A special feature in this week’s New Scientist reviews progress towards the creation of eggs and sperm from embryonic stem cells. In the short term, it’s unlikely, despite headline-grabbing stories about the birth of mice from artificial sperm. But in the long term, it’s clearly possible, especially as many groups around the world are working on producing fertile eggs and sperm.
The social implications could be immense, especially for infertile couples. Artificially produced eggs would mean more choice, says the New Scientist. “A limitless supply of eggs could be used to produce hundreds of embryos for any one couple, making it feasible for would-be parents to use genetic screening to choose several desirable traits as well as ensuring embryos are free from disease- causing mutations.” It would also be possible for gay and lesbian couples to have their own genetically related children (although lesbians could not have boys.)
Progress is slow. So far, few artificial eggs have developed far after fertilisation. “Oocytes are very sensitive cells and it doesn’t take much to send them off the rails,” says Alan Trounson, of Monash University. “Getting them to mature and undergo meiosis is a big hurdle.” Mice have been born from artificial sperm, but these were poor swimmers and had to be injected into the eggs. All of the resulting mice died within five months and all of them had serious health problems.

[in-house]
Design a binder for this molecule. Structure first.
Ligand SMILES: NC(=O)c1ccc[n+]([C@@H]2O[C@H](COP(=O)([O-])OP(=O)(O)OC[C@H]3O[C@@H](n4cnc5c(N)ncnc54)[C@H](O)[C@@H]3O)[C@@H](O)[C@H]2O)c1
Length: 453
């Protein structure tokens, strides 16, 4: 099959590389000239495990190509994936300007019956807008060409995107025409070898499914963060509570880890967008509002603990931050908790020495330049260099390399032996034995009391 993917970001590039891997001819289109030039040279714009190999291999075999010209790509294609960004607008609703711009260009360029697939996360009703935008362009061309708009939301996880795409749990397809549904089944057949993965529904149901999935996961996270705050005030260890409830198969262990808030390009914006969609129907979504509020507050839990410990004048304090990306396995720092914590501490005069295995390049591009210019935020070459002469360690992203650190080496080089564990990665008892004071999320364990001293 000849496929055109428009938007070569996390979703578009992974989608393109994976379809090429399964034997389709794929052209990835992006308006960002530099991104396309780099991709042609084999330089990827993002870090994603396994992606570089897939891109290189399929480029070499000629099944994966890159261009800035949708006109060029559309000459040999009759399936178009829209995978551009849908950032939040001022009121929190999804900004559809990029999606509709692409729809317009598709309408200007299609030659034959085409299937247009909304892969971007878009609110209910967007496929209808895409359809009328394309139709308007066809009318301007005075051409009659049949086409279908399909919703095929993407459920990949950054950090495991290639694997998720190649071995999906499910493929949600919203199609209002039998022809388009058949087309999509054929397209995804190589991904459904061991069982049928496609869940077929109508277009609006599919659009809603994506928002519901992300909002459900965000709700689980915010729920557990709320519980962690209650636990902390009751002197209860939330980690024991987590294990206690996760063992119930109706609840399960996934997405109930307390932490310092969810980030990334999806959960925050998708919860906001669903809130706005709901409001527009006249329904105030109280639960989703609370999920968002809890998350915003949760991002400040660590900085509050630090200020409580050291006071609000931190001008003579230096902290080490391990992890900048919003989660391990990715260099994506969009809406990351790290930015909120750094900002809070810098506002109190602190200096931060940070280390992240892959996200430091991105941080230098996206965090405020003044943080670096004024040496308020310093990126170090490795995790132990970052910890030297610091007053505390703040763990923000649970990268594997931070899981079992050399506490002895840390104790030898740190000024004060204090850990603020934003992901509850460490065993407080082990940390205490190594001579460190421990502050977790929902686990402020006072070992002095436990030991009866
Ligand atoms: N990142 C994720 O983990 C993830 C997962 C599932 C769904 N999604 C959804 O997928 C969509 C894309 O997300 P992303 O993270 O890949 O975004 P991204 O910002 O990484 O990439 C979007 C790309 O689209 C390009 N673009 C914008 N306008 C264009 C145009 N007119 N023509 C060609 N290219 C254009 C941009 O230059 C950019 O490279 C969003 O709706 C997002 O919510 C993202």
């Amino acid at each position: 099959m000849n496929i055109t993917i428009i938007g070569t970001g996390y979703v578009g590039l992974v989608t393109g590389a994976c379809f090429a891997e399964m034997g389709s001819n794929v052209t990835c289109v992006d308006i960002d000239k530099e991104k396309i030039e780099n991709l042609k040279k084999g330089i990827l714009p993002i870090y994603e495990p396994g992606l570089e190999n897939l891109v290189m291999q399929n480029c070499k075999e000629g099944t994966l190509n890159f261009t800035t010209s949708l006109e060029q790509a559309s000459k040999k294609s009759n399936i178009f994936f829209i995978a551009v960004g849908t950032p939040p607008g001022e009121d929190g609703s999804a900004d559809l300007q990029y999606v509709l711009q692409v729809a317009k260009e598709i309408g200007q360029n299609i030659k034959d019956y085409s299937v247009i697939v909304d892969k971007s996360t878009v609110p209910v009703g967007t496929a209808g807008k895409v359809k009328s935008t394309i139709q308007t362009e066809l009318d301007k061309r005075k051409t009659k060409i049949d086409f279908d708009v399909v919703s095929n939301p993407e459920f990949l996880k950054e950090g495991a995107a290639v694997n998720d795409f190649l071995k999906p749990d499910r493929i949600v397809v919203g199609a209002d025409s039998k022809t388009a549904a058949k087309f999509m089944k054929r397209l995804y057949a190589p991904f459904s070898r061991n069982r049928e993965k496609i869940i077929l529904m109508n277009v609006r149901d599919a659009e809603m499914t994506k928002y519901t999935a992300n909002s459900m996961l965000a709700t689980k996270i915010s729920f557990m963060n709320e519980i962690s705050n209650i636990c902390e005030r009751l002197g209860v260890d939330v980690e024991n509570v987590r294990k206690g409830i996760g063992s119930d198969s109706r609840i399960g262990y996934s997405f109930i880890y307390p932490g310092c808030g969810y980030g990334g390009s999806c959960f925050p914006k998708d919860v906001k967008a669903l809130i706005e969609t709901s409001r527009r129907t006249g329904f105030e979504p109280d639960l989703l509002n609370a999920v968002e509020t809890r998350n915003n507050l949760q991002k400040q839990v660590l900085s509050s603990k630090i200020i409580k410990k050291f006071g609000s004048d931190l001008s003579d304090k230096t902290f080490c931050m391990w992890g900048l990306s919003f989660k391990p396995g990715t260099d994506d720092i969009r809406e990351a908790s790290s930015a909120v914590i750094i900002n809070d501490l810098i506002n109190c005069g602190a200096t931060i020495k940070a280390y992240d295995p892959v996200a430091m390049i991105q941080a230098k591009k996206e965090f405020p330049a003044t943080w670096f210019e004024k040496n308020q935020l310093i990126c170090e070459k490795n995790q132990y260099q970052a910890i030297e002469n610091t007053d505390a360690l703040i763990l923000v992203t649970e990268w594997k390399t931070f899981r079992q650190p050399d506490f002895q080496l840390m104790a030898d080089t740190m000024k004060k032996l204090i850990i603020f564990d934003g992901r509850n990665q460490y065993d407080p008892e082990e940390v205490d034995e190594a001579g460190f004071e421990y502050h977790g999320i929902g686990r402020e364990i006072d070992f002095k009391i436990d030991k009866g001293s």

As with IVF, the problem seems to be imprinting. In vitro, the imprinting process is disrupted, leading to the death of the embryo or serious abnormalities. However, says the magazine, “many in the field now think it is only a matter of time before the first child conceived with a lab-grown sperm or egg is born.”
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